During the next thirty-five years, research funding was redirected towards a more clinical focus, and targeted to ‘basic’ or ‘pure’ research, meaning that researchers don’t have to concern themselves with the applied relevance of their work.  Perhaps there’s a way around the missing research, and I think I have found it.  In part, it has to do with going back to basics, to the history of how writing systems work, how they were designed, and how they were supposed to be taught at the time they were designed.  In part, it has to do with reanalyzing the data from Bond and Dykstra’s study to show what they really found.  In part, it comes from studying the research from non-English speaking countries with an alphabetic writing system.  I  am tracing this journey in a new book, and I can only reveal some footprints.  You will have to take my word that there is convincing proof for what I’m about to say.   

Lessons from the Past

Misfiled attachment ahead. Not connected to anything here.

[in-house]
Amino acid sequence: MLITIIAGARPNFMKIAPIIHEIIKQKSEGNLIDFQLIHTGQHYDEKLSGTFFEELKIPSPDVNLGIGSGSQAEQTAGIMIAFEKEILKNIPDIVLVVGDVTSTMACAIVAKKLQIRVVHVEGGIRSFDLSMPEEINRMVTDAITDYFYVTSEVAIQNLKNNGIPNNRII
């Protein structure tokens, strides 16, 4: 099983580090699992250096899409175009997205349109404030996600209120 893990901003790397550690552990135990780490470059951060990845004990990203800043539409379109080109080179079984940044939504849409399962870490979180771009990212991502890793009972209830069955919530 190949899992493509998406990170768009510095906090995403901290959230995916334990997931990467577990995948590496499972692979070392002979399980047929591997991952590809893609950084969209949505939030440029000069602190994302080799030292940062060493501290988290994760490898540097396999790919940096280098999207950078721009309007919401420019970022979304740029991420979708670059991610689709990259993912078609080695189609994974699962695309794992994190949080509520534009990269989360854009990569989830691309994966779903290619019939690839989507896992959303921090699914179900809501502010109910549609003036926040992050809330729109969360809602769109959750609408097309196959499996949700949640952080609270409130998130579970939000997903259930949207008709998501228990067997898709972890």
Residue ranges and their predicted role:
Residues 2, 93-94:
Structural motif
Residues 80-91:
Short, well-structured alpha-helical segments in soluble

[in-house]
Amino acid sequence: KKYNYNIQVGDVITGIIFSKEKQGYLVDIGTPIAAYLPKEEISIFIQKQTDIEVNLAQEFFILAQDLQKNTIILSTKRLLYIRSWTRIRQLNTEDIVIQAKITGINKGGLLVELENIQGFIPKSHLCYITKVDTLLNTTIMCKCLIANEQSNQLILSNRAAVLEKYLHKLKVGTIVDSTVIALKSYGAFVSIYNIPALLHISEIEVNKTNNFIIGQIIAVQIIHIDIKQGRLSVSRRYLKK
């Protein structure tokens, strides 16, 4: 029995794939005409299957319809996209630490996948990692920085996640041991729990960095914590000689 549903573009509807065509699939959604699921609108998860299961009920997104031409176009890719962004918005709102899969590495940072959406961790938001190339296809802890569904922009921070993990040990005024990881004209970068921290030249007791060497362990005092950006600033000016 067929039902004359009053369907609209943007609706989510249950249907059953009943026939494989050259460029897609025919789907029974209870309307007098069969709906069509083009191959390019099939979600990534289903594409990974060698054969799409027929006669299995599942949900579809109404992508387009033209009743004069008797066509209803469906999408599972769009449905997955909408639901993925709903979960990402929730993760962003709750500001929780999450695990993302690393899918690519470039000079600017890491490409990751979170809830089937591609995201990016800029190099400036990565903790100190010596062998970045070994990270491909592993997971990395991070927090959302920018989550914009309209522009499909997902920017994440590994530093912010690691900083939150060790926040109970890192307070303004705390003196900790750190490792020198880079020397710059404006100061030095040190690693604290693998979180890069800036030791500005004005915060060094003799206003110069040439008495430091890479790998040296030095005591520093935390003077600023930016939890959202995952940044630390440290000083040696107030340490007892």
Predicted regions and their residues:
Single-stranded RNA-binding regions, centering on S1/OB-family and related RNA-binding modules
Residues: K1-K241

We have a 5,000 year history on the development and design of writing systems which provides conclusive proof of the following:


1.       No writing system, living or dead, was ever based on the whole word.  All writing systems are sound-based systems, not meaning-based systems.  This is true even though meaning and phonetic units can overlap, as they do in one-syllable words written in a syllabary writing system.

2.       Humans are constitutionally incapable of memorizing more than about 2,000 word-symbol pairs.  This is an ultimate limit, taking years of study.  The Japanese have 1800 word symbols (kanji) in their basic writing system, and it takes children about 12 years to learn them.  Mastering an additional 2,000 kanji is the mark of a highly educated person and can take up to a decade more of study. A good college dictionary contains 250,000 words.  In short, no one can ever be a whole-word (sight word) reader.